Tiny home on East Green Mountain Rd.

Neighbors allege that this tiny house on private property is the first of several planned for the nine-acre property.

CLAREMONT — The Claremont Planning Board aims to amend the city’s zoning ordinance to limit how long residents may park a recreational vehicle (or RV) in a single space, which may impact the use of recreational vehicles and tiny homes.

Mayor Charlene Lovett reported that a New Hampshire legislative committee, comprised of three state representatives and one state senator, is studying codes and regulations for tiny houses, in order for the state assembly to consider allowing them in New Hampshire.

Lovett said that because New Hampshire has no statute regarding tiny houses, even if a community’s zoning ordinance allowed for one, the owner would run the risk of needing to modify the house should it fail to comply with later regulations by the state.

The committee’s study is expected to include definitions of tiny houses and codes and regulations for such homes. The assembly aims to consider a bill for approval next session.

Claremont’s closest dwelling comparable to a tiny house, located on East Green Mountain Road, is actually classified as a “RV,” according to Claremont Planning Director Scott Osgood.

Claremont’s zoning bylaws do include an ordinance relating to recreation vehicles, Osgood said. Claremont’s ordinance primarily characterizes an RV as being a temporary living space. An RV should be mobile, though Osgood said that Claremont’s ordinance does not go so far as to include, say, having a motor or being drivable.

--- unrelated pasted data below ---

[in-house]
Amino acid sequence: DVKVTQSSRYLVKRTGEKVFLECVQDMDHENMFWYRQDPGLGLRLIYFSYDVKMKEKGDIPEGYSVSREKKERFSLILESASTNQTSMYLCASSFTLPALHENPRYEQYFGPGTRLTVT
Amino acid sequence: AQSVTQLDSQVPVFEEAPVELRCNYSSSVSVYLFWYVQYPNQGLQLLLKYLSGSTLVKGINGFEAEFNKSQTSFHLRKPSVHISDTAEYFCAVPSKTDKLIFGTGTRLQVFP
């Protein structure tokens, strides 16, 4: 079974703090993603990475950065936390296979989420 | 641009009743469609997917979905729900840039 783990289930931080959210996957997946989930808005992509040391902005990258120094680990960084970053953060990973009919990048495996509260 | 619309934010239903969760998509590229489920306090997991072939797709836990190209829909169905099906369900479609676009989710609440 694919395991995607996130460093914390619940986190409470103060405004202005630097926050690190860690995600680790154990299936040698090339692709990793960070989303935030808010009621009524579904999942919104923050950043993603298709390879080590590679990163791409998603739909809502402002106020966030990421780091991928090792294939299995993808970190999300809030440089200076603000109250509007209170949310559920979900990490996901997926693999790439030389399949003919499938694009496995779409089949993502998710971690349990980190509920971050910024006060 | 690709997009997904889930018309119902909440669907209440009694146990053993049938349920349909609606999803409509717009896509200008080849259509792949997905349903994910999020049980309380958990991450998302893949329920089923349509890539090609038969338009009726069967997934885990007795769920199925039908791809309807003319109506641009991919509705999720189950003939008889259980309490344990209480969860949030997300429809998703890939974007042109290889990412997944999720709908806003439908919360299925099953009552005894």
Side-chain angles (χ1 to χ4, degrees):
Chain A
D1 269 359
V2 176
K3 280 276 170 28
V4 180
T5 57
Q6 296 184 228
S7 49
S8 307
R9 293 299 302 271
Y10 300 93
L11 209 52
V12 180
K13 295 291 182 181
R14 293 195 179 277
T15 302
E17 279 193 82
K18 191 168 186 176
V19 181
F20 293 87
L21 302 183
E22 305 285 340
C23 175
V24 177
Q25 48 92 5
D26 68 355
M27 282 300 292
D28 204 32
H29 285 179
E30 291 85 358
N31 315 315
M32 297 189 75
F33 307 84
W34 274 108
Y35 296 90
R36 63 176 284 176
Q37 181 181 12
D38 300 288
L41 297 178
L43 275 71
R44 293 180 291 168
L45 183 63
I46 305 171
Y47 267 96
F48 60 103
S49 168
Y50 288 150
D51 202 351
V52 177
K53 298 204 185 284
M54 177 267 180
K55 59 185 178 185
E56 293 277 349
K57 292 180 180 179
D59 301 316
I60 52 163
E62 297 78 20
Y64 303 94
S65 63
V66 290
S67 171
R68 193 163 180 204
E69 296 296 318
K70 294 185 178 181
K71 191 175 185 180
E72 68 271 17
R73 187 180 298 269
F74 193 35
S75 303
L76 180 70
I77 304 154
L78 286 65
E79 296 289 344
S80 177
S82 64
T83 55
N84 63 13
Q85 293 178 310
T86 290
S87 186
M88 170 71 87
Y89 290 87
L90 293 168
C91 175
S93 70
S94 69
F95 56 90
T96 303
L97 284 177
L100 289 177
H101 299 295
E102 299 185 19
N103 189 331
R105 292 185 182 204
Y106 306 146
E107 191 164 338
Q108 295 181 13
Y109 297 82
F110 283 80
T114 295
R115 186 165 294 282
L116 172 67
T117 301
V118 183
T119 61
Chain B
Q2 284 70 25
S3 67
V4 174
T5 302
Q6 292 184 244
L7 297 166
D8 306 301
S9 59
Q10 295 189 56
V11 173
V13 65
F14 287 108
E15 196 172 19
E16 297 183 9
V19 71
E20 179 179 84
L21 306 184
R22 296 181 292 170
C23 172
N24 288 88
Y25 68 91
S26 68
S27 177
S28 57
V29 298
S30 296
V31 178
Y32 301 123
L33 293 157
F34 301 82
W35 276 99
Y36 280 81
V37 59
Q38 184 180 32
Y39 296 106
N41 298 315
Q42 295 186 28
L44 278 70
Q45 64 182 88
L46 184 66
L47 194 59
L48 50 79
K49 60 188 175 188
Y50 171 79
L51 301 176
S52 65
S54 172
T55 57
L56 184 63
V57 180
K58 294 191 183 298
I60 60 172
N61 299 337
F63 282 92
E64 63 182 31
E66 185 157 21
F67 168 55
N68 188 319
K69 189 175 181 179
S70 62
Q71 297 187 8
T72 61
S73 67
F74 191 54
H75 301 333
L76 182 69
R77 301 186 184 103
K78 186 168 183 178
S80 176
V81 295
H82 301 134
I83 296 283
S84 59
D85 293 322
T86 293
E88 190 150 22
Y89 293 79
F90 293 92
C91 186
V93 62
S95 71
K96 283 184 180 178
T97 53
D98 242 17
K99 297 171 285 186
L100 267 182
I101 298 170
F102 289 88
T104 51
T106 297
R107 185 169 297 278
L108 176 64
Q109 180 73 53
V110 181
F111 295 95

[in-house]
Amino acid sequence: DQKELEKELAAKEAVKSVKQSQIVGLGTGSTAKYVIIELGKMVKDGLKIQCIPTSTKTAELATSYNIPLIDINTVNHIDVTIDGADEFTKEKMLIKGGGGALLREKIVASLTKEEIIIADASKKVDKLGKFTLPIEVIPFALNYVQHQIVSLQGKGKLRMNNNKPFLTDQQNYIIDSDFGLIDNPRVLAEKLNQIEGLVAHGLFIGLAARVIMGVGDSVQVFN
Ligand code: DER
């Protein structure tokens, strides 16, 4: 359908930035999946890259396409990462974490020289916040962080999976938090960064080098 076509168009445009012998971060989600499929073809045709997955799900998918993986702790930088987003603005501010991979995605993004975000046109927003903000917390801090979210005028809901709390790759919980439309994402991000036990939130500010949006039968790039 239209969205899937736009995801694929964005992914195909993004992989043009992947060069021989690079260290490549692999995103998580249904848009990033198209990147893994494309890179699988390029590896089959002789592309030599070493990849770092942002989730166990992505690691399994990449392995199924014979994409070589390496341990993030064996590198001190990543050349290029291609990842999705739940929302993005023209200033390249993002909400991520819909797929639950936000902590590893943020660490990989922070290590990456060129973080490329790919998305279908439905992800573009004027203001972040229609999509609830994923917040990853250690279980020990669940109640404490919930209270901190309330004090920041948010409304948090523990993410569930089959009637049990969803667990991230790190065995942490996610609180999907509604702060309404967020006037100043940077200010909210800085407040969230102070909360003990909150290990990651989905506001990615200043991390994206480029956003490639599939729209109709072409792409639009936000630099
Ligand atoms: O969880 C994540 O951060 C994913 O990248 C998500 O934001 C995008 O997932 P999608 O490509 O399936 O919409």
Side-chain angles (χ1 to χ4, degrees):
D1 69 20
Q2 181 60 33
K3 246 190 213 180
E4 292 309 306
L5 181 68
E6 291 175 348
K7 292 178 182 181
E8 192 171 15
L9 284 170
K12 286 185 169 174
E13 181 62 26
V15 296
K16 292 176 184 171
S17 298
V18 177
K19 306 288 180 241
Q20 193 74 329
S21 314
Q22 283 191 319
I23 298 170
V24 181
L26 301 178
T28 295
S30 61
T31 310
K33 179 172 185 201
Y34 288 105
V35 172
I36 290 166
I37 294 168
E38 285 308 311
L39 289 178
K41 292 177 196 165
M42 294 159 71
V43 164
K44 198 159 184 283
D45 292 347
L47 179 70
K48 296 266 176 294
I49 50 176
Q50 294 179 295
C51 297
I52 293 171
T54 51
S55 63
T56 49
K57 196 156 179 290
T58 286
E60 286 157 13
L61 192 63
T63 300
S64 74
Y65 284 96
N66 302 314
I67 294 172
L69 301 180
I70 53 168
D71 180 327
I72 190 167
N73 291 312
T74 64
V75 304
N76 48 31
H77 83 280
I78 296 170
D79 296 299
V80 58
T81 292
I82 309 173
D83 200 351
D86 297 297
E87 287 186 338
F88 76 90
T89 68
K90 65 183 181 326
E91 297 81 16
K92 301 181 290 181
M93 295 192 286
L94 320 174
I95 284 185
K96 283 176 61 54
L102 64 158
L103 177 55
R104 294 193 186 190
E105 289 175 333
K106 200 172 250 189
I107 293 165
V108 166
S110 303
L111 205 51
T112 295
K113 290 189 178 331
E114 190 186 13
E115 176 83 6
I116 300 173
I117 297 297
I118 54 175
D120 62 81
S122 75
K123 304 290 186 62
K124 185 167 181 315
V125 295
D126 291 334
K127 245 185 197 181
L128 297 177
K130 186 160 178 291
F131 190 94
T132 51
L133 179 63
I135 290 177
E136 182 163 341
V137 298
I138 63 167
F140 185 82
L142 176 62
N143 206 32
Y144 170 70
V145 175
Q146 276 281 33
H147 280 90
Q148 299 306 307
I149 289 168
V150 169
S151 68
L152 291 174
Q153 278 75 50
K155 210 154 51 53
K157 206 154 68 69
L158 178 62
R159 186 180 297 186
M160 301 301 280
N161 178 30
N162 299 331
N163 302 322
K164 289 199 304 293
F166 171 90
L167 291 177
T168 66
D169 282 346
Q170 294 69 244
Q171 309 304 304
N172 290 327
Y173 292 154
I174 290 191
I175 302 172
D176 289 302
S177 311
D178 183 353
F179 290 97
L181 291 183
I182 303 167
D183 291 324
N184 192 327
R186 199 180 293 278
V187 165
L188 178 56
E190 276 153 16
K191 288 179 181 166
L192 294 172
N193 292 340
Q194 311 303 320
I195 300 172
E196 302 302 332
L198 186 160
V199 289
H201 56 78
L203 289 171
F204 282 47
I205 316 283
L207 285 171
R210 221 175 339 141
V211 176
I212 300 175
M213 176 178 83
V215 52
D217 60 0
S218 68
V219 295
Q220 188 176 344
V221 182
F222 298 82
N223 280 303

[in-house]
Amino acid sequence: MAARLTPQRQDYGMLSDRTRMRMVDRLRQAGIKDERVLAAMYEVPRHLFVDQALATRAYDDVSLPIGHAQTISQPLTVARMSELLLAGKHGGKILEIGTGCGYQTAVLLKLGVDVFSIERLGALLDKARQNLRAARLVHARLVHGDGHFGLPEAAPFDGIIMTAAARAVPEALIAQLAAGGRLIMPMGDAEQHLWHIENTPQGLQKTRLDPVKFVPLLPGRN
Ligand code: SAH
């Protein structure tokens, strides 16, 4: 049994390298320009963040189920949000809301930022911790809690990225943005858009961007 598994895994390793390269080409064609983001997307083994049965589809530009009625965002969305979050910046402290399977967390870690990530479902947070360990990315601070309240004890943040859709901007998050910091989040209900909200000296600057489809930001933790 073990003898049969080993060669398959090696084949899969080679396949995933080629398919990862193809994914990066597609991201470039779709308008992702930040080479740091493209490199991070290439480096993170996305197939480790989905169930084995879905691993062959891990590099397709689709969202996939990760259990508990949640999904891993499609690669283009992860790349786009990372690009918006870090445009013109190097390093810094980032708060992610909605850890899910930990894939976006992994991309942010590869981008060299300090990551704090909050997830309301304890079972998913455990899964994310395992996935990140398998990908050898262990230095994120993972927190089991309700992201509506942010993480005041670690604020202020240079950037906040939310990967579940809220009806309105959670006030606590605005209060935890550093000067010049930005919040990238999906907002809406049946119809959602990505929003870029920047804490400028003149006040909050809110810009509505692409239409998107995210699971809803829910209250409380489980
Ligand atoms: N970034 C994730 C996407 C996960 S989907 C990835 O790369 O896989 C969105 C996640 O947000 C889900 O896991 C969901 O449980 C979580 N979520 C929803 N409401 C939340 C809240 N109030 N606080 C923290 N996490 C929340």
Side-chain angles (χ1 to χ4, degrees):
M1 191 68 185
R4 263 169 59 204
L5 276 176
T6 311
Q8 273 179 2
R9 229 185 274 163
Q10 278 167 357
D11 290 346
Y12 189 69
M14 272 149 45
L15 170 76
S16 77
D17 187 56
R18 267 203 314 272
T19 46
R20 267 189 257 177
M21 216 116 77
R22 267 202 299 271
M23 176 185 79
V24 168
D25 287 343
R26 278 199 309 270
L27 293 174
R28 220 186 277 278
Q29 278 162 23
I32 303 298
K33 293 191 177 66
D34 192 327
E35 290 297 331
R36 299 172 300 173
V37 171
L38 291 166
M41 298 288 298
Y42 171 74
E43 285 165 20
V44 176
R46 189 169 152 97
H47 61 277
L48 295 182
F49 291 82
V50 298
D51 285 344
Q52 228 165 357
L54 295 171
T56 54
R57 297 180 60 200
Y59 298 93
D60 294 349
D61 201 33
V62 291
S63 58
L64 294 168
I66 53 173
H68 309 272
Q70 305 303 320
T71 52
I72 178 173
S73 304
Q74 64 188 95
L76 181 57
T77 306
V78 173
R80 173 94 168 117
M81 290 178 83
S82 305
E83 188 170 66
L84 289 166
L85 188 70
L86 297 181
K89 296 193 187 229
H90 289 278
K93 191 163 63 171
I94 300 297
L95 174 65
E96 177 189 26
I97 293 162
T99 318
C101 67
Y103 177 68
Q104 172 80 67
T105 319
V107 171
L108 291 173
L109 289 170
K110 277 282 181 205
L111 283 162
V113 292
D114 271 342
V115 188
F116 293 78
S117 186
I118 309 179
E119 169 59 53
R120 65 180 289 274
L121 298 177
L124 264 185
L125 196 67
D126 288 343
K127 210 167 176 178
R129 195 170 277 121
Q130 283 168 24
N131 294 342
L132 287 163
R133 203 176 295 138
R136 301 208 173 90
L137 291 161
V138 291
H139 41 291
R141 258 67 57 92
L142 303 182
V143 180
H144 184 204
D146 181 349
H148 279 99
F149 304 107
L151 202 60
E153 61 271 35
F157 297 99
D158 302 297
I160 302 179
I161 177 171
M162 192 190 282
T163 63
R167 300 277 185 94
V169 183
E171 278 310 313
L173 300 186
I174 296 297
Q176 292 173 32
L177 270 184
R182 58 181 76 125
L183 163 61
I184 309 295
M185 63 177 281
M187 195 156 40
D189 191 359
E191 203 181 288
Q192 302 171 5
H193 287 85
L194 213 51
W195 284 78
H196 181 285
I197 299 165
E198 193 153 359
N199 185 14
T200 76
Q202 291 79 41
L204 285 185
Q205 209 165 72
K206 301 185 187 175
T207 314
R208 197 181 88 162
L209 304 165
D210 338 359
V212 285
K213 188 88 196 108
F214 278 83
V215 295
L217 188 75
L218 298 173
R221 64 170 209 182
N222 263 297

“If it can be used like an RV, it can be treated like an RV,” Osgood said.

Unlike some communities, however, Claremont’s ordinance does not specify how long an RV can park on a particular property. Though Claremont’s ordinance defines an RV as temporary quarters, not permanent, the ordinance lacks a definition of what “temporary” means, making it difficult to enforce.

Osgood recommended that the planning board include a time specification, saying that towns with similar ordinances include a limit for RV parking, though that length varies from one ordinance to the next.

“Some set the limit at 90 days, some at 180,” Osgood said.

The planning board asked to add a discussion of the ordinance revision to a future agenda.

Public hearing for waste transfer station postponed

Osgood told the planning board that representatives of American Recycling & Disposal, which has proposed a waste transfer station next to the railroad tracks on Industrial Boulevard, will not have their site plan ready for presentation to the planning board on Monday, Aug. 26, and that the applicants will request an extension instead.

“They’re putting together a plan, but the engineer said that looking at the schedule he didn’t know how long it was going to take,” Osgood said.

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